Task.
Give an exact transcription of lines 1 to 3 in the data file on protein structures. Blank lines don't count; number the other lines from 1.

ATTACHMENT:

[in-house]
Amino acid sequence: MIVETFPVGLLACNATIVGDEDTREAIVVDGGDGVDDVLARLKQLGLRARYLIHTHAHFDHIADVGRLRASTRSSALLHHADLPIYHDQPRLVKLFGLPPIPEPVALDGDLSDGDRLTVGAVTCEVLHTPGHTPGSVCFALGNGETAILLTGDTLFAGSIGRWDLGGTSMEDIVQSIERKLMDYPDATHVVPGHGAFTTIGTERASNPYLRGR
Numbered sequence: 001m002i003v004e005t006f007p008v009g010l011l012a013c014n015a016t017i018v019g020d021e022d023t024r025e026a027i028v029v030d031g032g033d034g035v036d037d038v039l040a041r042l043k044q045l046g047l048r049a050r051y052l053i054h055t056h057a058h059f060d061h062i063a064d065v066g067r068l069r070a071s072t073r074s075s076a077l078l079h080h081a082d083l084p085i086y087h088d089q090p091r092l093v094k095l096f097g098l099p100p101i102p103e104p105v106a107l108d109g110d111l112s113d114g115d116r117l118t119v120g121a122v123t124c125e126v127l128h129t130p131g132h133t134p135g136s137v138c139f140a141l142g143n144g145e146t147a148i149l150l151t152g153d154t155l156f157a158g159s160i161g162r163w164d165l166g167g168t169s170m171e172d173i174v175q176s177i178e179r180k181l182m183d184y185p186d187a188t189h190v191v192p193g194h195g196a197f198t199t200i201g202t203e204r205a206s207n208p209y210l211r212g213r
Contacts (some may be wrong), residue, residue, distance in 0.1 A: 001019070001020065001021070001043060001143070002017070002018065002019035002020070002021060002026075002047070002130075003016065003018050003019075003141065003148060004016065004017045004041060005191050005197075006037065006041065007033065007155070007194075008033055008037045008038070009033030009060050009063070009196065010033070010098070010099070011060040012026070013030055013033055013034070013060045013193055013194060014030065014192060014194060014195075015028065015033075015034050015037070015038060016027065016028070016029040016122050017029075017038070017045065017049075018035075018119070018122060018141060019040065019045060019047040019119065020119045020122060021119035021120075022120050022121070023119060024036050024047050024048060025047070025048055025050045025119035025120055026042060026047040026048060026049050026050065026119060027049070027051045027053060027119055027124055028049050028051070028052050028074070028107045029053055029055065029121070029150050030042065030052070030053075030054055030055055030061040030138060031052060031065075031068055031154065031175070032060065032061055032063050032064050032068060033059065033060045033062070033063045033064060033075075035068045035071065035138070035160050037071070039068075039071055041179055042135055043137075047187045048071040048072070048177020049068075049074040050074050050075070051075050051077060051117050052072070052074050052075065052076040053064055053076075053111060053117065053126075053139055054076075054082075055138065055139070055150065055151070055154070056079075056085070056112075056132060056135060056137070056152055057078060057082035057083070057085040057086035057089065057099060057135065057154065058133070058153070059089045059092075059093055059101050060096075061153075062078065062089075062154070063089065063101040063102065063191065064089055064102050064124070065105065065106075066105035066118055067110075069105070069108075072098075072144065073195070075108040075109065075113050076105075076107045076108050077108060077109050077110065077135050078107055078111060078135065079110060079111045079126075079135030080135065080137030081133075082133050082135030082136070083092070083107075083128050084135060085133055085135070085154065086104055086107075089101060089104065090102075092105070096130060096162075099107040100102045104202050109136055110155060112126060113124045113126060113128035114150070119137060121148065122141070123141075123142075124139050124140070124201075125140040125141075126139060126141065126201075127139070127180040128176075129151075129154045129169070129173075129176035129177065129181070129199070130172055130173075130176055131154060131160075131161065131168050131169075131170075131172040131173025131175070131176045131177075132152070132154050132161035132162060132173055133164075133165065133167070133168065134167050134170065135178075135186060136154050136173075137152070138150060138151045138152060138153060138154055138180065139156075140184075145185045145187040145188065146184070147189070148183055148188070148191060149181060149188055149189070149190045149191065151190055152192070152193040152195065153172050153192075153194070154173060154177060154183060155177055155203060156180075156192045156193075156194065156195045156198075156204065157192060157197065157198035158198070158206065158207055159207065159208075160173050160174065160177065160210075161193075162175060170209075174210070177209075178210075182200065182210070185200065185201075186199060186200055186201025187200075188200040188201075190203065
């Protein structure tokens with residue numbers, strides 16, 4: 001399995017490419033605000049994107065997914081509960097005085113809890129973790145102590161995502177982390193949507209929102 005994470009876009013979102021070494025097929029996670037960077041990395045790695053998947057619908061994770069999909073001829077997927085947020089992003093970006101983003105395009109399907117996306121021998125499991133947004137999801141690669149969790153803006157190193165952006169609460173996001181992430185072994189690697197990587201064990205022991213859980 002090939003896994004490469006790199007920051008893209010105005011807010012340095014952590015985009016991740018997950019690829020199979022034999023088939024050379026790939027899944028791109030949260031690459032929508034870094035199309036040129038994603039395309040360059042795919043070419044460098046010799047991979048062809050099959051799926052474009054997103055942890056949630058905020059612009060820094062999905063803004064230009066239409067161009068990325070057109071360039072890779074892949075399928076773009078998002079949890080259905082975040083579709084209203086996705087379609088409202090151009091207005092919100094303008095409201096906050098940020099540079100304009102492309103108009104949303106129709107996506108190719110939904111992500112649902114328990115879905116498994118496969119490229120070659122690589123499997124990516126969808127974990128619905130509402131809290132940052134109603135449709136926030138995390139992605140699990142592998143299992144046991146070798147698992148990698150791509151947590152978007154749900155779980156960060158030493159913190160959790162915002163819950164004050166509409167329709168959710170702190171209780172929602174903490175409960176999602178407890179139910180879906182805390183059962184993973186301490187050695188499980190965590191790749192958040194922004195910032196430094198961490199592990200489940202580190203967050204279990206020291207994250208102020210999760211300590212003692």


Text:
[in-house]
Amino acid sequence: MIVETFPVGLLACNATIVGDEDTREAIVVDGGDGVDDVLARLKQLGLRARYLIHTHAHFDHIADVGRLRASTRSSALLHHADLPIYHDQPRLVKLFGLPPIPEPVALDGDLSDGDRLTVGAVTCEVLHTPGHTPGSVCFALGNGETAILLTGDTLFAGSIGRWDLGGTSMEDIVQSIERKLMDYPDATHVVPGHGAFTTIGTERASNPYLRGR
Numbered sequence: 001m002i003v004e005t006f007p008v009g010l011l012a013c014n015a016t017i018v019g020d021e022d023t024r025e026a027i028v029v030d031g032g033d034g035v036d037d038v039l040a041r042l043k044q045l046g047l048r049a050r051y052l053i054h055t056h057a058h059f060d061h062i063a064d065v066g067r068l069r070a071s072t073r074s075s076a077l078l079h080h081a082d083l084p085i086y087h088d089q090p091r092l093v094k095l096f097g098l099p100p101i102p103e104p105v106a107l108d109g110d111l112s113d114g115d116r117l118t119v120g121a122v123t124c125e126v127l128h129t130p131g132h133t134p135g136s137v138c139f140a141l142g143n144g145e146t147a148i149l150l151t152g153d154t155l156f157a158g159s160i161g162r163w164d165l166g167g168t169s170m171e172d173i174v175q176s177i178e179r180k181l182m183d184y185p186d187a188t189h190v191v192p193g194h195g196a197f198t199t200i201g202t203e204r205a206s207n208p209y210l211r212g213r